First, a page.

The only problem is, or was, that I had just one small opening to shovel sand into the basement. The reason for my joy regarding that second opening was that I now had two openings. That would somehow make things slightly easier. Moving 20 yards of sand from the driveway into the basement would still be an excruciating experience, but it would be marginally more simple when it came time for me to crawl downstairs to move all that dirt around, while hunched over like a troll. Instead of moving the dirt from one area, I’d have the luxury of moving it from two. Either way I look at this project, I know it’s going to be awful, but I enjoy putting a positive spin on it. After all, I did dig out an entire basement back in my heyday.

I was facing an issue though. That second opening into the basement was covered up by the concrete patio that surrounds our pool. This, in and of itself, is a huge problem because that concrete butted right up against the wood siding on the house, which was rotting out because of the moisture being transferred to it. It was a bad situation that I waited almost five years to address. But, as I said, the cooler air has inspired me to get back to work and just a few days ago, I fixed the problem. To see how the cement touched the siding, take a look at this post.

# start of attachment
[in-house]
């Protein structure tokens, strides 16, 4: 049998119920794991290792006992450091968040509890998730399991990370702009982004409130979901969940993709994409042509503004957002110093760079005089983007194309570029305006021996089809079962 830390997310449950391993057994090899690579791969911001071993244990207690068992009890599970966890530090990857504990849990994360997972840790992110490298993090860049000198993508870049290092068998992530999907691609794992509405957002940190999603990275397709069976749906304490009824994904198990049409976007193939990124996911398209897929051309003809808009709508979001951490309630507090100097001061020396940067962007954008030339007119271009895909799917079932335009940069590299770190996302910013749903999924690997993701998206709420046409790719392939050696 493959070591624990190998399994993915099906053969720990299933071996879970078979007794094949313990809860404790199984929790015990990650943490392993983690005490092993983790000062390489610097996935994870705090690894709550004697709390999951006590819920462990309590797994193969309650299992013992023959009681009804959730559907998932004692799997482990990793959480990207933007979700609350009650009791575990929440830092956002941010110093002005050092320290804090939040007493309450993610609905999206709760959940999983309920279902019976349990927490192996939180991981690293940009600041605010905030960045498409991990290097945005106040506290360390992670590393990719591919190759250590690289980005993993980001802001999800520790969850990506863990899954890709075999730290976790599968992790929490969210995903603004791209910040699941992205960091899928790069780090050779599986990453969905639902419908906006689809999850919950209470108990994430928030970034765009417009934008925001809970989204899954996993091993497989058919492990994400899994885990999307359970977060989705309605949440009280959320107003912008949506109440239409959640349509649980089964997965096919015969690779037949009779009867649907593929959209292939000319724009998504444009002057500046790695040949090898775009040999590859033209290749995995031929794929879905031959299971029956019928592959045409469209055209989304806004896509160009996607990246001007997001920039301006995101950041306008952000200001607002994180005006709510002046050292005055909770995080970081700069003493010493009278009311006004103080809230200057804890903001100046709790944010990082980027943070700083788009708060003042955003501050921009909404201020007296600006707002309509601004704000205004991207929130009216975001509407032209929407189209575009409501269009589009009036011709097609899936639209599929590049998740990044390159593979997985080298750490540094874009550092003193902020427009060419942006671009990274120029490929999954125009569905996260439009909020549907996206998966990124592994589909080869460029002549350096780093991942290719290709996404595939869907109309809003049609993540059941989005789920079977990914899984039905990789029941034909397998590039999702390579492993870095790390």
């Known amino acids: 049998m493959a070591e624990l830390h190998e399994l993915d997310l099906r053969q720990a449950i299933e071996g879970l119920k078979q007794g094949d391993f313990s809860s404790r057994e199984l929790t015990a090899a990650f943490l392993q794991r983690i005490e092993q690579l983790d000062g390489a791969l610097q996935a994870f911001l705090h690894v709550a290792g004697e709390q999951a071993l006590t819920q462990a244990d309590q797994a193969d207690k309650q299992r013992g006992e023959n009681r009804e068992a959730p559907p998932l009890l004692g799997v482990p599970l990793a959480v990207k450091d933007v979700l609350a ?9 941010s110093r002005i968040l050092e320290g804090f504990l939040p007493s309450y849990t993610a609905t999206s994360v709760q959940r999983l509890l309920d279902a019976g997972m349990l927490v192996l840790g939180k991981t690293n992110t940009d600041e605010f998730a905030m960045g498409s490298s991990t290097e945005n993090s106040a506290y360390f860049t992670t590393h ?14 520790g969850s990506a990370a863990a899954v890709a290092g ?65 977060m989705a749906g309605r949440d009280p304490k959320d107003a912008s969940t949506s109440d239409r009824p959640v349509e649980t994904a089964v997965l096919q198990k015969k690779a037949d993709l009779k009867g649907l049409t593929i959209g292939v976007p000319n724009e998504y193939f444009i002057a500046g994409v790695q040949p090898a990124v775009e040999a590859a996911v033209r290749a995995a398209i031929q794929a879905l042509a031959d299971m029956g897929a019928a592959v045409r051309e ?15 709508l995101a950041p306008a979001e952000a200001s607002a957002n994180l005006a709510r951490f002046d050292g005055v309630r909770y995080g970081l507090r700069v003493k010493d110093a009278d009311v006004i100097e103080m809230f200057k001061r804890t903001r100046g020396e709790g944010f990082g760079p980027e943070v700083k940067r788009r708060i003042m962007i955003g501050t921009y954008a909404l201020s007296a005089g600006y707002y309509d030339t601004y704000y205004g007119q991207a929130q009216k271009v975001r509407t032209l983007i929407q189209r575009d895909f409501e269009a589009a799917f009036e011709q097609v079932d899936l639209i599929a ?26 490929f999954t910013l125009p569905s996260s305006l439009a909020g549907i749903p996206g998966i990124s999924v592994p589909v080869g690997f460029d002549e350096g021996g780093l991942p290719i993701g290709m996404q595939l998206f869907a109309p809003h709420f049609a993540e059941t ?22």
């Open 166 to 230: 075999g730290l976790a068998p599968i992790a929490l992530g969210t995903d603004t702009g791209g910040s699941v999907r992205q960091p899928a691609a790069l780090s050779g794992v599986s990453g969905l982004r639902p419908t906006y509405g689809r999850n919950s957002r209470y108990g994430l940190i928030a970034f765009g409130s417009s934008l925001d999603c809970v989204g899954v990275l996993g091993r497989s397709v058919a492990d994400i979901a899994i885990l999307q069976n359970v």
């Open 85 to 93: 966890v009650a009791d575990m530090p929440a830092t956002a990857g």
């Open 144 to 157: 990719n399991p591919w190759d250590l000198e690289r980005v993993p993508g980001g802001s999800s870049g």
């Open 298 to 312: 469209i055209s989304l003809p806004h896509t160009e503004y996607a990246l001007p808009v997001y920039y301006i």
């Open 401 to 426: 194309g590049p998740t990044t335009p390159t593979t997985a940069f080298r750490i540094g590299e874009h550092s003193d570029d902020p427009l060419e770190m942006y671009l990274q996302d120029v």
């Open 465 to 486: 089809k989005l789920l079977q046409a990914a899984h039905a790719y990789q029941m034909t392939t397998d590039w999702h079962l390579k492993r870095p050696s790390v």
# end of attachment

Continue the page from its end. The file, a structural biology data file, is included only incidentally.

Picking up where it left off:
I knew I had to cut the concrete to keep things looking professional. I didn’t want to go busting through it with a sledge hammer because then I’d be buying a new patio when I was finished. If I could cut it, I could get rid of the waste and then simply dig out any soil that was touching the wood siding of the house.

I called a tool rental company down in town and asked if they had a concrete cutting saw. They did, so I drove down to pick it up ($50 rental for half-day). I knew I should have taken photos of all this, but I forgot because I was so excited about getting things done. The saw looks like a chainsaw with a huge round blade attached to it. It’s really a marvel because it cuts through concrete like butter. The entire job only took me about 20 minutes to complete and after that, I was ready to do some digging.

Here’s a photo of the concrete that I cut.


And here’s the trench I had to dig to get the sand that was under the concrete away from the house. Yes, it was all pure sand under there. No dirt, which was nice.



That digging look longer than I anticipated. It was exhausting in itself. Much more difficult than I anticipated.

Here’s a photo of the wood siding that was rotting away under the concrete. Let this be a lesson to you. Never let dirt or concrete touch your house siding. It’s not a good situation. Now I have to inspect the band joist to see if that’s rotted too. If it is, I’ll replace it. I’m good like that. There’s nothing I enjoy more than jacking up a house. Luckily, I’ve done that before too.